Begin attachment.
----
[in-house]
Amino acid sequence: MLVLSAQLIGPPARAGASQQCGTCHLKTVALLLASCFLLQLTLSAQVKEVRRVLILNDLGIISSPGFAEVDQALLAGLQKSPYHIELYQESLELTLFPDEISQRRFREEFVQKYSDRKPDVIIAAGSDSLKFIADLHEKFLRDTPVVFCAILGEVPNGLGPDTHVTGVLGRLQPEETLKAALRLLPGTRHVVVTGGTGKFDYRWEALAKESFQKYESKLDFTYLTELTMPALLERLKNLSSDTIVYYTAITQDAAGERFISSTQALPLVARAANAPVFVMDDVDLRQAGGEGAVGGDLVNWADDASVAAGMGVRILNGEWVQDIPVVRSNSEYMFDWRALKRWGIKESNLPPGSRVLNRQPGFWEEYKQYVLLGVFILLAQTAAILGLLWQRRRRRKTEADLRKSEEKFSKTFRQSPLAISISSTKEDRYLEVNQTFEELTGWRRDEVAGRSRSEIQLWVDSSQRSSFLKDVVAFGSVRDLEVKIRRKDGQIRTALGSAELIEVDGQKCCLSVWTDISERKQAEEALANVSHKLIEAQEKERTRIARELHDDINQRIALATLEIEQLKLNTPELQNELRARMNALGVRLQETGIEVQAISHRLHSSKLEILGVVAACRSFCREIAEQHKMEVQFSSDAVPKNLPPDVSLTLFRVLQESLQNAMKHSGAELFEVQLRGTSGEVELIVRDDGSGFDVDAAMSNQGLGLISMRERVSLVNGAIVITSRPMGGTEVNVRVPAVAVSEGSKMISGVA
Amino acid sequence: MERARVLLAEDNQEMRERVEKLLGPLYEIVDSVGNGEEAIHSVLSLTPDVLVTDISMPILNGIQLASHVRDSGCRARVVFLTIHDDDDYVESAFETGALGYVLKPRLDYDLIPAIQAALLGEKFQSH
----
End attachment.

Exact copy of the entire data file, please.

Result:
[in-house]
Amino acid sequence: MLVLSAQLIGPPARAGASQQCGTCHLKTVALLLASCFLLQLTLSAQVKEVRRVLILNDLGIISSPGFAEVDQALLAGLQKSPYHIELYQESLELTLFPDEISQRRFREEFVQKYSDRKPDVIIAAGSDSLKFIADLHEKFLRDTPVVFCAILGEVPNGLGPDTHVTGVLGRLQPEETLKAALRLLPGTRHVVVTGGTGKFDYRWEALAKESFQKYESKLDFTYLTELTMPALLERLKNLSSDTIVYYTAITQDAAGERFISSTQALPLVARAANAPVFVMDDVDLRQAGGEGAVGGDLVNWADDASVAAGMGVRILNGEWVQDIPVVRSNSEYMFDWRALKRWGIKESNLPPGSRVLNRQPGFWEEYKQYVLLGVFILLAQTAAILGLLWQRRRRRKTEADLRKSEEKFSKTFRQSPLAISISSTKEDRYLEVNQTFEELTGWRRDEVAGRSRSEIQLWVDSSQRSSFLKDVVAFGSVRDLEVKIRRKDGQIRTALGSAELIEVDGQKCCLSVWTDISERKQAEEALANVSHKLIEAQEKERTRIARELHDDINQRIALATLEIEQLKLNTPELQNELRARMNALGVRLQETGIEVQAISHRLHSSKLEILGVVAACRSFCREIAEQHKMEVQFSSDAVPKNLPPDVSLTLFRVLQESLQNAMKHSGAELFEVQLRGTSGEVELIVRDDGSGFDVDAAMSNQGLGLISMRERVSLVNGAIVITSRPMGGTEVNVRVPAVAVSEGSKMISGVA
Amino acid sequence: MERARVLLAEDNQEMRERVEKLLGPLYEIVDSVGNGEEAIHSVLSLTPDVLVTDISMPILNGIQLASHVRDSGCRARVVFLTIHDDDDYVESAFETGALGYVLKPRLDYDLIPAIQAALLGEKFQSH